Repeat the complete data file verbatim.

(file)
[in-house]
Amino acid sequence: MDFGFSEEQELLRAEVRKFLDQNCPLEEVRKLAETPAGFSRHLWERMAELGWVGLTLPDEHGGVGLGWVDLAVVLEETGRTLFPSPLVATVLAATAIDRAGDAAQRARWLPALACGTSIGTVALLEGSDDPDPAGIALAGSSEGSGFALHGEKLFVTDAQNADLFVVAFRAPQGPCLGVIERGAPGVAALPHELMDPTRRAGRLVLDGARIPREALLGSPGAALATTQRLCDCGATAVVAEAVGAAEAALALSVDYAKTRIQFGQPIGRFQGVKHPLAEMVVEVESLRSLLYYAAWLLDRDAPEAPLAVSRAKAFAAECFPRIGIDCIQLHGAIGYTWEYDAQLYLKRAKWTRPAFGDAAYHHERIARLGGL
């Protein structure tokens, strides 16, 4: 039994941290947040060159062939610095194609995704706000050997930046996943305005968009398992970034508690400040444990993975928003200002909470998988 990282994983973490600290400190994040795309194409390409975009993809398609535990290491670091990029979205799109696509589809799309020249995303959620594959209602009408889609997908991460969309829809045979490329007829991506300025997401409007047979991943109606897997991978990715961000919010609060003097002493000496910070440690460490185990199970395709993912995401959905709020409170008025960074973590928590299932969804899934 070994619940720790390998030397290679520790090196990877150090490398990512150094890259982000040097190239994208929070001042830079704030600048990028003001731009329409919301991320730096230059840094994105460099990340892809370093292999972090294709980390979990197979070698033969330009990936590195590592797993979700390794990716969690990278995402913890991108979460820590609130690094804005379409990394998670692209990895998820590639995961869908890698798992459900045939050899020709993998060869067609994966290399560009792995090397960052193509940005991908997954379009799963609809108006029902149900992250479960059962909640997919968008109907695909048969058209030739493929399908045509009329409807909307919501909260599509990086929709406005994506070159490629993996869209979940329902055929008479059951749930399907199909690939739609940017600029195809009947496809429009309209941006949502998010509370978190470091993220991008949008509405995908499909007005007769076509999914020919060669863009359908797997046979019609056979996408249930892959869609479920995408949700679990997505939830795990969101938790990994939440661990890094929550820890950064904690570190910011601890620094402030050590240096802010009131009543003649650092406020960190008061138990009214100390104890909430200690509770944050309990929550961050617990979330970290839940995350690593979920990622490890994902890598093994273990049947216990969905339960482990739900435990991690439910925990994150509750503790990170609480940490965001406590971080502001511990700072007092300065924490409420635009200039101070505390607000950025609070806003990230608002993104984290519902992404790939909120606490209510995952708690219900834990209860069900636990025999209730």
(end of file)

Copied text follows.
[in-house]
Amino acid sequence: MDFGFSEEQELLRAEVRKFLDQNCPLEEVRKLAETPAGFSRHLWERMAELGWVGLTLPDEHGGVGLGWVDLAVVLEETGRTLFPSPLVATVLAATAIDRAGDAAQRARWLPALACGTSIGTVALLEGSDDPDPAGIALAGSSEGSGFALHGEKLFVTDAQNADLFVVAFRAPQGPCLGVIERGAPGVAALPHELMDPTRRAGRLVLDGARIPREALLGSPGAALATTQRLCDCGATAVVAEAVGAAEAALALSVDYAKTRIQFGQPIGRFQGVKHPLAEMVVEVESLRSLLYYAAWLLDRDAPEAPLAVSRAKAFAAECFPRIGIDCIQLHGAIGYTWEYDAQLYLKRAKWTRPAFGDAAYHHERIARLGGL
């Protein structure tokens, strides 16, 4: 039994941290947040060159062939610095194609995704706000050997930046996943305005968009398992970034508690400040444990993975928003200002909470998988 990282994983973490600290400190994040795309194409390409975009993809398609535990290491670091990029979205799109696509589809799309020249995303959620594959209602009408889609997908991460969309829809045979490329007829991506300025997401409007047979991943109606897997991978990715961000919010609060003097002493000496910070440690460490185990199970395709993912995401959905709020409170008025960074973590928590299932969804899934 070994619940720790390998030397290679520790090196990877150090490398990512150094890259982000040097190239994208929070001042830079704030600048990028003001731009329409919301991320730096230059840094994105460099990340892809370093292999972090294709980390979990197979070698033969330009990936590195590592797993979700390794990716969690990278995402913890991108979460820590609130690094804005379409990394998670692209990895998820590639995961869908890698798992459900045939050899020709993998060869067609994966290399560009792995090397960052193509940005991908997954379009799963609809108006029902149900992250479960059962909640997919968008109907695909048969058209030739493929399908045509009329409807909307919501909260599509990086929709406005994506070159490629993996869209979940329902055929008479059951749930399907199909690939739609940017600029195809009947496809429009309209941006949502998010509370978190470091993220991008949008509405995908499909007005007769076509999914020919060669863009359908797997046979019609056979996408249930892959869609479920995408949700679990997505939830795990969101938790990994939440661990890094929550820890950064904690570190910011601890620094402030050590240096802010009131009543003649650092406020960190008061138990009214100390104890909430200690509770944050309990929550961050617990979330970290839940995350690593979920990622490890994902890598093994273990049947216990969905339960482990739900435990991690439910925990994150509750503790990170609480940490965001406590971080502001511990700072007092300065924490409420635009200039101070505390607000950025609070806003990230608002993104984290519902992404790939909120606490209510995952708690219900834990209860069900636990025999209730």